“We’re in design phase and will be collaborating with them [the West Dallas Community Center] to bring it into reality,” Gatzke said.
Before moving forward with his plan, Gatzke summoned Dallas city leaders, restaurateurs and others for a marathon meeting focused on the concept. Similar planning occurred for Harvest, for which Northlake and Argyle city and school officials, architects and builders attended a three-day planning session.
“I think it will have a positive impact for the area and keep with the comprehensive use plan of the town,” said Northlake Mayor Peter Dewing, referring to efforts to retain the town’s rural flavor.
Even before Dewing moved to Texas in 2005, what would become Harvest was under discussion. Now construction crews are busy completing the first of 3,200 houses that will let residents manage their thermostat, security and selected lighting remotely. The first phase of Harvest will consist of 323 homes.
Homeowners also will be prompted to change air filters and take out the trash, features once the domain of The Jetsons television cartoon. Each house will feature Verizon FiOS TV and other amenities thanks to partnerships between Hillwood and HomePro, Verizon and Atmos Energy.
Hillwood has kept abreast of such innovations and urban farming trends through the Urban Land Institute, a nonprofit research and education organization.
Ten years ago, trails and transportation were the overriding concerns among residential developments nationwide, Mastrocola pointed out. Then came demands for technology. And now community itself is taking precedence among many prospective homebuyers.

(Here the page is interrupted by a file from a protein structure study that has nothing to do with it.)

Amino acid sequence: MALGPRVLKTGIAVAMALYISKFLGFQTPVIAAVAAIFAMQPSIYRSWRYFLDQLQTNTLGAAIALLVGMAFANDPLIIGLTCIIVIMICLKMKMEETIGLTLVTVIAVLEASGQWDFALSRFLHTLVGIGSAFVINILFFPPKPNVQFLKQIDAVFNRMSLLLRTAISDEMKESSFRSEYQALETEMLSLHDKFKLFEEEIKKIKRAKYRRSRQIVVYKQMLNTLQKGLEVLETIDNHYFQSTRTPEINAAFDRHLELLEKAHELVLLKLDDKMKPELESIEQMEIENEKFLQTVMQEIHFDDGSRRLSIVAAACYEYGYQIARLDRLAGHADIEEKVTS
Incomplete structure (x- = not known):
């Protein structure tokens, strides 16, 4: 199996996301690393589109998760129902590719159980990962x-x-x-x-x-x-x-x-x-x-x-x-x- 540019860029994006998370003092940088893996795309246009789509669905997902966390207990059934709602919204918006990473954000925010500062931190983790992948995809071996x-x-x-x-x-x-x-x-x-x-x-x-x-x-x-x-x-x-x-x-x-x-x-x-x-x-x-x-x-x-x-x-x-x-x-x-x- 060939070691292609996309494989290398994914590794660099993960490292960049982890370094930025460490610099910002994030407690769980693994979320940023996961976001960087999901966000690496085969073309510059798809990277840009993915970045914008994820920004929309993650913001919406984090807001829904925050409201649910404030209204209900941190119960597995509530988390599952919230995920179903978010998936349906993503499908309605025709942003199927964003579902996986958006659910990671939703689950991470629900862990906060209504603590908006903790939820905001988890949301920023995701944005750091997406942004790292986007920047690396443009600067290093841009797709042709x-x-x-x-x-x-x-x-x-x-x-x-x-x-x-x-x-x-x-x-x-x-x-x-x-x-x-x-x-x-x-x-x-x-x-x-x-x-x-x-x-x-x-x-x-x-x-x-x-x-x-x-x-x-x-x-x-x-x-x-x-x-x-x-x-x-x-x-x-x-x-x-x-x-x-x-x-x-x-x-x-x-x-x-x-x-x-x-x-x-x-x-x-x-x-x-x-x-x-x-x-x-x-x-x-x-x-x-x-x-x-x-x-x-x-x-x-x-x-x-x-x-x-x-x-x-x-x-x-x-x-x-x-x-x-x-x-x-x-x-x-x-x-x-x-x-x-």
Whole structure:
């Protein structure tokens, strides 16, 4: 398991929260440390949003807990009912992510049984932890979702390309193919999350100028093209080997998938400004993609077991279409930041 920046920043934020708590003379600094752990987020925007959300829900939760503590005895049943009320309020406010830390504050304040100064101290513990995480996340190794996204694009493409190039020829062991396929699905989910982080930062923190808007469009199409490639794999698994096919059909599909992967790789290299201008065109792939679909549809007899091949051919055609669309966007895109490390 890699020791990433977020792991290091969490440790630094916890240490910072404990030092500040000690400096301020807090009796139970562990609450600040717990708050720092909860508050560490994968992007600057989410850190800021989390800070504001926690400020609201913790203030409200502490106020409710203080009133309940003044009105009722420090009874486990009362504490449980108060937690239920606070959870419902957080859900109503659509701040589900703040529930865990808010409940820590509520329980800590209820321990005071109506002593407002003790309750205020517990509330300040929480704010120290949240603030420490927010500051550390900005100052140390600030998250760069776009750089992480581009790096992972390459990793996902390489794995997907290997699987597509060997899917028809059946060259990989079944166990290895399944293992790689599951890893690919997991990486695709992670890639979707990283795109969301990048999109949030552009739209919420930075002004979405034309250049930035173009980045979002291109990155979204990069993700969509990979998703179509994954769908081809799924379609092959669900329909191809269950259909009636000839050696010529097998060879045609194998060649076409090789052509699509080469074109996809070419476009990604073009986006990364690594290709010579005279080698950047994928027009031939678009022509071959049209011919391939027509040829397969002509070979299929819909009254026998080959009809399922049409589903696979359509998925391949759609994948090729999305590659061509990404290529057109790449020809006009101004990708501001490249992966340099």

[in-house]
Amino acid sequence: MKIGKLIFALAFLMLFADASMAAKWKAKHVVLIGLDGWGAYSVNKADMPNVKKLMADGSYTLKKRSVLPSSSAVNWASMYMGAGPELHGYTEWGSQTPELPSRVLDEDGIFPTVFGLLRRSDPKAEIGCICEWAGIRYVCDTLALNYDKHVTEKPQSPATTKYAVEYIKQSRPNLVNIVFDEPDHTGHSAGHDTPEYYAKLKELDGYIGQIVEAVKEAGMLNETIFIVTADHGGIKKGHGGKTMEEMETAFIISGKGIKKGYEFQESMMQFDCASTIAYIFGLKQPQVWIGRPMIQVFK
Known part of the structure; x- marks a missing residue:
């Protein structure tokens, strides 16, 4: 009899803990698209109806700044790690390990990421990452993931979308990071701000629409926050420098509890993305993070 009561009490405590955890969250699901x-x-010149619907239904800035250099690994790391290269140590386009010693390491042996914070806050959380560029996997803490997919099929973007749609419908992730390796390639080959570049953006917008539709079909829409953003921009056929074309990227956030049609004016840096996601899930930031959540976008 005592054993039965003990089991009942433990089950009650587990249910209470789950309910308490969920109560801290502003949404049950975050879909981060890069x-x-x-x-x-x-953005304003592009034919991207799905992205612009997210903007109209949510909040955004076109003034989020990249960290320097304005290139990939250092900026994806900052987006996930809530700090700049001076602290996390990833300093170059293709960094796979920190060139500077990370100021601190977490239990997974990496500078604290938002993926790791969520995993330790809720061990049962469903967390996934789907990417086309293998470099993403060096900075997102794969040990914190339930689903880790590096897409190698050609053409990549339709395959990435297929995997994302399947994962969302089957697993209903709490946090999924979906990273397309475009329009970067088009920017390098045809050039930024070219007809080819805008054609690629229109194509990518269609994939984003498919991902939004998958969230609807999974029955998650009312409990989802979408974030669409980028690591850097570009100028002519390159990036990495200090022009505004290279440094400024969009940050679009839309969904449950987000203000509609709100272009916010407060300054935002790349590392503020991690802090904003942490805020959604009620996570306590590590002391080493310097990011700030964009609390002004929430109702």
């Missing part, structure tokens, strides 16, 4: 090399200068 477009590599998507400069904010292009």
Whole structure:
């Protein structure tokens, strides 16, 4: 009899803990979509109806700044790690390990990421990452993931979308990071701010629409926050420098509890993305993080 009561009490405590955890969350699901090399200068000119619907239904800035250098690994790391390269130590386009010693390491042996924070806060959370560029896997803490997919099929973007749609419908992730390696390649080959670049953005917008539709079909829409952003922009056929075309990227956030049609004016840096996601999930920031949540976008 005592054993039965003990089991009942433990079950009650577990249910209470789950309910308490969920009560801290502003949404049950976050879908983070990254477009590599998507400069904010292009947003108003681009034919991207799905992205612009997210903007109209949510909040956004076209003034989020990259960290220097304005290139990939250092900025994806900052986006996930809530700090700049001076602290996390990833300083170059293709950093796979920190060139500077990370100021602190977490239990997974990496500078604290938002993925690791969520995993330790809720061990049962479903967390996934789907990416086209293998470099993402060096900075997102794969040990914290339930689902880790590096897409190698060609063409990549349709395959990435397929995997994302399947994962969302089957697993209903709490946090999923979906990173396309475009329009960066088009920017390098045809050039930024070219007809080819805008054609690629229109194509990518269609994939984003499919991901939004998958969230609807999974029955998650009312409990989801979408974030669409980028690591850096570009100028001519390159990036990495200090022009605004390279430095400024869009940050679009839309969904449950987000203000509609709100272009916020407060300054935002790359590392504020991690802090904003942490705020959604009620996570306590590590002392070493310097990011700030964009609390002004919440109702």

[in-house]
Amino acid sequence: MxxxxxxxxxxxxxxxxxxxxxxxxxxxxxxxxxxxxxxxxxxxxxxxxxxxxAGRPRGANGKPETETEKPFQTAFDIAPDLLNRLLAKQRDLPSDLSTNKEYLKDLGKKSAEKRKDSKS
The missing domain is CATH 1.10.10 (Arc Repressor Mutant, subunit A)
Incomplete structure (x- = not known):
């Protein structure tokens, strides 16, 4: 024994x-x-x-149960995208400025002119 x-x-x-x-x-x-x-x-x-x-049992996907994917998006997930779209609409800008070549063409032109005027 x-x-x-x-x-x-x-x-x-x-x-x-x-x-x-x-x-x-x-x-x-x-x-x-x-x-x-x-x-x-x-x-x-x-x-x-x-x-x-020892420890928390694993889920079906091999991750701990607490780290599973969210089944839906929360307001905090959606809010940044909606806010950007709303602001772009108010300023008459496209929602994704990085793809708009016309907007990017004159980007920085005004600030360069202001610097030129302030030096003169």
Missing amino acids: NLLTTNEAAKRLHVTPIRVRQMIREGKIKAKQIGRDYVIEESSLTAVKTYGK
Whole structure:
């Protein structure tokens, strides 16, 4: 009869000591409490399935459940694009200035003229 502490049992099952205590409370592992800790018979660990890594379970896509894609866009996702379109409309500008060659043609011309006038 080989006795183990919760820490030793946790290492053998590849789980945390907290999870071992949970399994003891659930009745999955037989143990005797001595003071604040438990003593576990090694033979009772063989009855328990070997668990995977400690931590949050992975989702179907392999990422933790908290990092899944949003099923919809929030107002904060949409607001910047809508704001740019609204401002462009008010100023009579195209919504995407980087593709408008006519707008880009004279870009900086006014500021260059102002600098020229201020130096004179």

“We’re taking it to the next step, which is wellness and a place for people to gather,” Mastrocola said.
Reaching Harvest is simple. Motorists on Interstate 35W can take the FM 407 exit and head west. Harvest occupies the northwest corner of the I-35W and FM 407 intersection in outlying areas of Northlake and Argyle north of Texas Motor Speedway.
As companies open operations at nearby AllianceTexas and other increasingly popular tracts in Northeast Tarrant County and Denton County, demand for housing is rising.
Hillwood hopes to help meet that demand with Harvest houses priced from the $200,000s to the $400,000s. The first phase will be complete this fall, with 323 homes ready to tour at that time. Homebuilders include David Weekley Homes, Plantation Homes and Highland Homes.